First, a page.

Suggested Citation

Roemer, M. Health Care Expenditures for the Most Commonly Treated Conditions of Women Ages 18 to 39, 2009. Statistical Brief #403. March 2013. Agency for Healthcare Research and Quality, Rockville, MD. http://www.meps.ahrq.gov/mepsweb/data_files/publications/st403/stat403.shtml
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AHRQ welcomes questions and comments from readers of this publication who are interested in obtaining more information about access, cost, use, financing, and quality of health care in the United States. We also invite you to tell us how you are using this Statistical Brief and other MEPS data and tools and to share suggestions on how MEPS products might be enhanced to further meet your needs. Please email us at MEPSProjectDirector@ahrq.hhs.gov or send a letter to the address below:

Steven B. Cohen, PhD, Director
Center for Financing, Access, and Cost Trends
Agency for Healthcare Research and Quality
540 Gaither Road
Rockville, MD 20850
Figure data for accessible table follows the image
Figure 1. Number of people treated for the most commonly treated conditions, women ages 18 to 39, 2009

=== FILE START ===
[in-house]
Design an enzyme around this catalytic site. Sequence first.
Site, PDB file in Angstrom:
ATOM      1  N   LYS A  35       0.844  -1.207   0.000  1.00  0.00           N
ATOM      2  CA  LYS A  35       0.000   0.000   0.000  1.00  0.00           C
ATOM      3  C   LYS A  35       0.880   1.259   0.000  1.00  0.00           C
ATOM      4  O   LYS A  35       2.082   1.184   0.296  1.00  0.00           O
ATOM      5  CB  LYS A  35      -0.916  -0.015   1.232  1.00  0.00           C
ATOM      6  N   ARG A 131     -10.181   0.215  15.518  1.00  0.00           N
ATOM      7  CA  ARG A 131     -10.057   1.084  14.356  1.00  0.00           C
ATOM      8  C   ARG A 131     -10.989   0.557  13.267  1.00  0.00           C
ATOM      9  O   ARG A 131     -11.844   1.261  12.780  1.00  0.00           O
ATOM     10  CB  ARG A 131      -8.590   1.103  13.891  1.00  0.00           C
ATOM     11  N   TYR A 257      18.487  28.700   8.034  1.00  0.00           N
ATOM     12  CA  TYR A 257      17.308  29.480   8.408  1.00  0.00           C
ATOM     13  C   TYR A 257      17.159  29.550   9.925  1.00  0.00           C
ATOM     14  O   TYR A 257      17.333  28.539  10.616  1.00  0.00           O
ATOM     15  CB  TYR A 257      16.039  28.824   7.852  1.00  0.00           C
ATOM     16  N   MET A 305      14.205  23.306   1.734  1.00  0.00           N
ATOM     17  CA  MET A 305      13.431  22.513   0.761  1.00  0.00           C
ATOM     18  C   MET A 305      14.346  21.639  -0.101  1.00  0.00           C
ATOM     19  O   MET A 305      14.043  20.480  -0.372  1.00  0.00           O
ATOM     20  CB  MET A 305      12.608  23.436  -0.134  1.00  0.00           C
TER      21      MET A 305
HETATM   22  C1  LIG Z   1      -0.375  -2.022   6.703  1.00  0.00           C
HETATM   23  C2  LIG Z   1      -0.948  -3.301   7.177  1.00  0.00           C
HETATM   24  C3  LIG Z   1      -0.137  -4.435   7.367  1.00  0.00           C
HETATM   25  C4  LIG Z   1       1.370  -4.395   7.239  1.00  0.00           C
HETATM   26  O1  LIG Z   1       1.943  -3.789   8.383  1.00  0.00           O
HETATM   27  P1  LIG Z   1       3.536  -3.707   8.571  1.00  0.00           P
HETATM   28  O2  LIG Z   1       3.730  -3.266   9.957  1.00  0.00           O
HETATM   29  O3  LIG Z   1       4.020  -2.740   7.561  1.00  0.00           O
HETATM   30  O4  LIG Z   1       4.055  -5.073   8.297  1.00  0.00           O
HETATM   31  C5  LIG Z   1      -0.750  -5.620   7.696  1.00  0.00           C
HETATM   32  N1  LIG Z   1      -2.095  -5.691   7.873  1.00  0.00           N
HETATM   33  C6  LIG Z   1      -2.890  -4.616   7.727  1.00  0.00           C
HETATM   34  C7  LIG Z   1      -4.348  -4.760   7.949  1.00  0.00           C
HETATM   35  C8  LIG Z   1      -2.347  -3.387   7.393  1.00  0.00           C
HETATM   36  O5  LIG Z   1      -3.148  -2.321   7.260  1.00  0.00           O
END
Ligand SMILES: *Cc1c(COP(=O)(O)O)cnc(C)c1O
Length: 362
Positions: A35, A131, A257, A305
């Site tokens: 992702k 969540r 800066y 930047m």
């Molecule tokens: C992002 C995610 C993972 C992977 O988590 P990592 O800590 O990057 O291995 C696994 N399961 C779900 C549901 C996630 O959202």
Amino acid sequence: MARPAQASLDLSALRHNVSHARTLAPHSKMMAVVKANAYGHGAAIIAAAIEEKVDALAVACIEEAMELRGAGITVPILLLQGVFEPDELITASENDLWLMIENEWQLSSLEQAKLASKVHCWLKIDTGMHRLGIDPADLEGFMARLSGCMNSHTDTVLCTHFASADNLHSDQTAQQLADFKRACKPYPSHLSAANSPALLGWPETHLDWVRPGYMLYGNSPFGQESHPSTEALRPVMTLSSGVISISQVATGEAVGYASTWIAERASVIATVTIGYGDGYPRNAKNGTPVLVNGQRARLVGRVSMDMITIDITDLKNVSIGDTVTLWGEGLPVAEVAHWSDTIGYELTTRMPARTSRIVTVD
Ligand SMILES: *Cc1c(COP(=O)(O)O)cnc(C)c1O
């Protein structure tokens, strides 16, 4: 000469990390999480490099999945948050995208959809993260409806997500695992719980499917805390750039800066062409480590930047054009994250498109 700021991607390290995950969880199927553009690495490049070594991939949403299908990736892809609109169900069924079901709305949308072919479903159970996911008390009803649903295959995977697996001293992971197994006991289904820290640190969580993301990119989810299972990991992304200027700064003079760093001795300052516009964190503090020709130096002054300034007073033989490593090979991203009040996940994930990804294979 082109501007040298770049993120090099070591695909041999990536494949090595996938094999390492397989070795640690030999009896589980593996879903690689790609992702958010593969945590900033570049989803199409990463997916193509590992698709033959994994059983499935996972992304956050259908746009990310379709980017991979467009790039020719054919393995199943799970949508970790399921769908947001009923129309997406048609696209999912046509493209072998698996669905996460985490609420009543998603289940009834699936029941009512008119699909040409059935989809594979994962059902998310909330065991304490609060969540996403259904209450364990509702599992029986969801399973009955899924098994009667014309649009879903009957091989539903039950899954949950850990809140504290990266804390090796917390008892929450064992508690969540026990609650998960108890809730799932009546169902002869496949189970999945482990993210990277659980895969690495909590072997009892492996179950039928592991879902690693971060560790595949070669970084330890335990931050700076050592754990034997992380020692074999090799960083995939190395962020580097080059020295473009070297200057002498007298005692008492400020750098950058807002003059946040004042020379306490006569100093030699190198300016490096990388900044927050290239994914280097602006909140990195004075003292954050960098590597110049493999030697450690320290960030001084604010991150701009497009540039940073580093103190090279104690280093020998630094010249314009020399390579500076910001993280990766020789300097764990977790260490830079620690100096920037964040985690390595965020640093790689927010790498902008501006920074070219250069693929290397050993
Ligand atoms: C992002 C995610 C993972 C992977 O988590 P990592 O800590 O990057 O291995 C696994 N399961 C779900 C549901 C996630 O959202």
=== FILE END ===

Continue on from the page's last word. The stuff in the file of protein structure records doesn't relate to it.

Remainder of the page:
Mental disordersAsthma/COPDBronchitis/URINormal pregnancy/delivery
Millions of people treated6.45.55.35.0
Source: Center for Financing, Access, and Cost Trends, AHRQ, Household Component of the Medical Expenditure Panel Survey, 2009

Figure data for accessible table follows the image
Figure 2. Average expenditures per person with expenses for the most commonly treated conditions, women ages 18 to 39, 2009
Mental disordersAsthma/COPDBronchitis/URINormal pregnancy/delivery
Average expenditure$1,911$630$289$5,853
Source: Center for Financing, Access, and Cost Trends, AHRQ, Household Component of the Medical Expenditure Panel Survey, 2009

Figure data for accessible table follows the image
Figure 3. Total expenditures for the most commonly treated conditions, women ages 18 to 39, 2009
Mental disordersAsthma/COPDBronchitis/URINormal pregnancy/ delivery
Expenditures (in billions of dollars)12.13.51.529.5
Source: Center for Financing, Access, and Cost Trends, AHRQ, Household Component of the Medical Expenditure Panel Survey, 2009

Figure data for accessible table follows the image
Figure 4. Percentage distribution of expenditures for the most commonly treated conditions by type of service, women ages 18 to 39, 2009
Prescription medicineAmbulatoryInpatientHome healthEmergency room
Mental disorders39.527.829.41.51.9
Asthma/COPD44.536.712.20.06.5
Bronchitis/URI13.971.41.20.013.6
Normal pregnancy/delivery0.627.170.30.41.6
Source: Center for Financing, Access, and Cost Trends, AHRQ, Household Component of the Medical Expenditure Panel Survey, 2009

Figure data for accessible table follows the image
Figure 5. Percentage distribution of expenditures for the most commonly treated conditions by source of payment, women ages 18 to 39, 2009
PrivateMedicareMedicaidOut of pocketOther
Mental disorders34.15.638.914.76.6
Asthma/COPD54.63.912.316.312.9
Bronchitis/URI64.81.65.620.27.7
Normal pregnancy/delivery60.40.624.07.08.0
Source: Center for Financing, Access, and Cost Trends, AHRQ, Household Component of the Medical Expenditure Panel Survey, 2009